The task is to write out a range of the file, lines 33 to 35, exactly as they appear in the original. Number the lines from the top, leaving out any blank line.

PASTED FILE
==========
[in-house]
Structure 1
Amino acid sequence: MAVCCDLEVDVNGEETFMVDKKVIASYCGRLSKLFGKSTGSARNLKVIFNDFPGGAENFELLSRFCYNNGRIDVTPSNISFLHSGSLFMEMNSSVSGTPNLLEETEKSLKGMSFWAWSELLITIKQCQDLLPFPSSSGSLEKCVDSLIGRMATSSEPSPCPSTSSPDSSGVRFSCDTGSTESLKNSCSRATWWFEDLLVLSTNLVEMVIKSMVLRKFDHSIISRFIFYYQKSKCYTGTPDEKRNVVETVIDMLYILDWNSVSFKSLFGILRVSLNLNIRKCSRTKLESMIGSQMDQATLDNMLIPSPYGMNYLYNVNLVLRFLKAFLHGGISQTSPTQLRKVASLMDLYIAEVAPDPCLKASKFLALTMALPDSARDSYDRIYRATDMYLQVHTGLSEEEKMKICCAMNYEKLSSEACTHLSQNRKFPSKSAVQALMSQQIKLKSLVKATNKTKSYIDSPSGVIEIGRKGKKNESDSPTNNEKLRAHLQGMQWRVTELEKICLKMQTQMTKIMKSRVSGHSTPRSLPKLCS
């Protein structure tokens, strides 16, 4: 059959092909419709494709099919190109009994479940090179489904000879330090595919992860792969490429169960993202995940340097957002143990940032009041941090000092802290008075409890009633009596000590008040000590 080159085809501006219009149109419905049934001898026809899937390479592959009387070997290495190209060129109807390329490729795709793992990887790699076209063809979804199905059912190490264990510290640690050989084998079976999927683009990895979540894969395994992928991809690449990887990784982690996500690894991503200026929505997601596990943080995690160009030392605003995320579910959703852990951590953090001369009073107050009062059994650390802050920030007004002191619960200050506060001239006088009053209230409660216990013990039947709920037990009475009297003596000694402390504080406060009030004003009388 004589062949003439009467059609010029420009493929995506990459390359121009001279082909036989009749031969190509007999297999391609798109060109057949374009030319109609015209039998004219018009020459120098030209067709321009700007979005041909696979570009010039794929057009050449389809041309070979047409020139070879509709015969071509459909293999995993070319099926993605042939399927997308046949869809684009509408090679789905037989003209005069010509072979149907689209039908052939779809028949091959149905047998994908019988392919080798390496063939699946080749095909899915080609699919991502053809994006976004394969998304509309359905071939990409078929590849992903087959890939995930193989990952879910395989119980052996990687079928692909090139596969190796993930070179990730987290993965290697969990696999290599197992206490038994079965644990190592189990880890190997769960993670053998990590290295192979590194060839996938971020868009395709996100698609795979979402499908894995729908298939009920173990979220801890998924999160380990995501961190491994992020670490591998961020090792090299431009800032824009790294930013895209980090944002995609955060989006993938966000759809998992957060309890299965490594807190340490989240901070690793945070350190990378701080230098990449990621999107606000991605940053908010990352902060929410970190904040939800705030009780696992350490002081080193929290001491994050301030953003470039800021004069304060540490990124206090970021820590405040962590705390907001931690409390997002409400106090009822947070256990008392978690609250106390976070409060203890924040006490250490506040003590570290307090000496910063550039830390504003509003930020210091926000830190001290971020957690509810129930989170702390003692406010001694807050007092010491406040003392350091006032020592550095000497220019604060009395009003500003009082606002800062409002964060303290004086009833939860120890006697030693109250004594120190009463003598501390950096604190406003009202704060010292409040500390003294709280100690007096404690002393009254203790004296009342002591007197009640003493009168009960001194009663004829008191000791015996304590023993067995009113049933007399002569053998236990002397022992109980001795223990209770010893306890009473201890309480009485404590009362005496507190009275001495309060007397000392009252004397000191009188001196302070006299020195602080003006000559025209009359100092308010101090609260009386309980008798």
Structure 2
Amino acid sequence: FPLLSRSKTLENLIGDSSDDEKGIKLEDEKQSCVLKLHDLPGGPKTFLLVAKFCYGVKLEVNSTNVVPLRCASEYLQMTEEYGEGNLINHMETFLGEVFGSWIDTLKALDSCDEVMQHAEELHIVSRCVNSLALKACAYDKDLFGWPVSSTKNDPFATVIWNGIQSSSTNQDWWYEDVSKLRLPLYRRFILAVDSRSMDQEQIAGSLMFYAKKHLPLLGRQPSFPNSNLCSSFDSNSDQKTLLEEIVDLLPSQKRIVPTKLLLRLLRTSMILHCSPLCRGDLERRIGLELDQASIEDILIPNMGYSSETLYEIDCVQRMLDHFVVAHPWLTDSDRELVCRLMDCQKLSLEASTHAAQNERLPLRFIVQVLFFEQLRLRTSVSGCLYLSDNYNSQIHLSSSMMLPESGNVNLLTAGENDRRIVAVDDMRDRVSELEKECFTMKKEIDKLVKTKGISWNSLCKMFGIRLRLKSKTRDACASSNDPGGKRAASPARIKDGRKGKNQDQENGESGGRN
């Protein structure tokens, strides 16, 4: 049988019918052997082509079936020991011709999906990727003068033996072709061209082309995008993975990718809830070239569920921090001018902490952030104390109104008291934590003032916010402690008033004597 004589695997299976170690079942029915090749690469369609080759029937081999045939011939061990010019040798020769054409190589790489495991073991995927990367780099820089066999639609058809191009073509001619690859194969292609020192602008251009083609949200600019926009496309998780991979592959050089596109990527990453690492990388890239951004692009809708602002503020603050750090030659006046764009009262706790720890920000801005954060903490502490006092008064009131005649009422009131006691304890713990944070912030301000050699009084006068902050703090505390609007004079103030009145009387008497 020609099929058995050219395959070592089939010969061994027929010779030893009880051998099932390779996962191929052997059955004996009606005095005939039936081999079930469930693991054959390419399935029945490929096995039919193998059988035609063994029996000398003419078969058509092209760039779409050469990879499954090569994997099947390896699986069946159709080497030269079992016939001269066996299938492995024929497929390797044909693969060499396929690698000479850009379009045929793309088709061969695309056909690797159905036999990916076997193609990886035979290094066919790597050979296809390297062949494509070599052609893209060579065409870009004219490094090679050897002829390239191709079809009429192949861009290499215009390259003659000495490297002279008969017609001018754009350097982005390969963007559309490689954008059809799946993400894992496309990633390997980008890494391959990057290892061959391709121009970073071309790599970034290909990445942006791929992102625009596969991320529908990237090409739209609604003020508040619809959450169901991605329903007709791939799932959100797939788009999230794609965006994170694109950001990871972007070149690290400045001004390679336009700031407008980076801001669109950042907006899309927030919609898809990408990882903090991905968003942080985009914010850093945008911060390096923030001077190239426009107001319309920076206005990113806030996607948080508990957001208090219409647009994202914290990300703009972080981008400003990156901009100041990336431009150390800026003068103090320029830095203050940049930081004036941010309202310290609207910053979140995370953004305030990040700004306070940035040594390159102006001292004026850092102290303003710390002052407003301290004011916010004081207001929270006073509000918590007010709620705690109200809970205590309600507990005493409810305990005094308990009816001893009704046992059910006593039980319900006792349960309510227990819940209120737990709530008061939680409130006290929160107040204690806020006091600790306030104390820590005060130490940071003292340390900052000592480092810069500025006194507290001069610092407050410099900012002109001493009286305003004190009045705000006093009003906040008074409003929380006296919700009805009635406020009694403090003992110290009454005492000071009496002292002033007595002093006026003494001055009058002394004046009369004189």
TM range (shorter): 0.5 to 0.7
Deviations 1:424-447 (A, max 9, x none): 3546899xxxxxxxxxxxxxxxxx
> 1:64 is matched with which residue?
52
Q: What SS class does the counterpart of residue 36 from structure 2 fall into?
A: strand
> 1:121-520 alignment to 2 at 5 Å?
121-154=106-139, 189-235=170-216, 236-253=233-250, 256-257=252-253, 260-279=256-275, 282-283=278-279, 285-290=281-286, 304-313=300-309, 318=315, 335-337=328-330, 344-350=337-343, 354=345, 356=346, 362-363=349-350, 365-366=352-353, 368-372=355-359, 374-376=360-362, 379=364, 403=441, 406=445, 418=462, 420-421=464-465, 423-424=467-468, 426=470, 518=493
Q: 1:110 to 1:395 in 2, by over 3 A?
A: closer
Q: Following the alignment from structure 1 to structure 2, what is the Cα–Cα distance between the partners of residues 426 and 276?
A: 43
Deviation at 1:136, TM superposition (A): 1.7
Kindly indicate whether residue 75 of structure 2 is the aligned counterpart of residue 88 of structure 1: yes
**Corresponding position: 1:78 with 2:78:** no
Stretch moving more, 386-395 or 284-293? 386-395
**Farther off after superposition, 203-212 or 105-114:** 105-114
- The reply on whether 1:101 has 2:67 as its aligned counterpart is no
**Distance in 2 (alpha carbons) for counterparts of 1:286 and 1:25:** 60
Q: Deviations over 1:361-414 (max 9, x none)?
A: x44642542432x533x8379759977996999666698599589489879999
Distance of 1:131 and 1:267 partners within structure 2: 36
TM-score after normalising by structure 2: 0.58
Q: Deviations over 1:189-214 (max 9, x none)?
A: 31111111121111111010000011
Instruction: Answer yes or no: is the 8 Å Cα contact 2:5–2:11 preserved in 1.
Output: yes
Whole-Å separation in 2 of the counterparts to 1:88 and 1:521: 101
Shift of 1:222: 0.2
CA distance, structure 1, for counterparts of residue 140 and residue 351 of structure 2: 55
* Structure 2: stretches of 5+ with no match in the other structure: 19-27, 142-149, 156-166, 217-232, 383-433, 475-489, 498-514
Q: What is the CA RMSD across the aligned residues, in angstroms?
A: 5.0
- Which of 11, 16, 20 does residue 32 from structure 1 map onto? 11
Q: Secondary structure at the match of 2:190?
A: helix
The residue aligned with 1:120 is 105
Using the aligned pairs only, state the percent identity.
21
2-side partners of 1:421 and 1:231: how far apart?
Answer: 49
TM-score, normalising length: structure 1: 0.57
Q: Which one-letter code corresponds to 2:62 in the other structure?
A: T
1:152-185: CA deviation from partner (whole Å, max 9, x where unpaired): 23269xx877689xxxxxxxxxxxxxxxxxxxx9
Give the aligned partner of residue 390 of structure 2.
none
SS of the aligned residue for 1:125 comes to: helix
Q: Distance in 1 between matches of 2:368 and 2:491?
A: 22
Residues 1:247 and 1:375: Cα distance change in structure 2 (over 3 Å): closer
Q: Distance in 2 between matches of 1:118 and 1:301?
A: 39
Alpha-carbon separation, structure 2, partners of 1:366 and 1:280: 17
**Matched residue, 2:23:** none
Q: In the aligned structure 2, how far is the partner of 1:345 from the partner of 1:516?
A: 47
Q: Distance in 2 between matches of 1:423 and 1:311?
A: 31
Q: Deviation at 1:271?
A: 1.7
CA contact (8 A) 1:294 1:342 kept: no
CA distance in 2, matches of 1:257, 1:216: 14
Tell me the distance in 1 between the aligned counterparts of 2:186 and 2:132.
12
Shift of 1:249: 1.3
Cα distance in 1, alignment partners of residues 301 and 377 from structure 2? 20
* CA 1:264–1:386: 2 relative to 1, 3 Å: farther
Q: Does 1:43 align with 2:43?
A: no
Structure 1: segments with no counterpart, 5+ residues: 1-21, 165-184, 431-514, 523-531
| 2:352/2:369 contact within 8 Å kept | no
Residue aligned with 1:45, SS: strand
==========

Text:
Instruction: Answer yes or no: is the 8 Å Cα contact 2:5–2:11 preserved in 1.
Output: yes
Whole-Å separation in 2 of the counterparts to 1:88 and 1:521: 101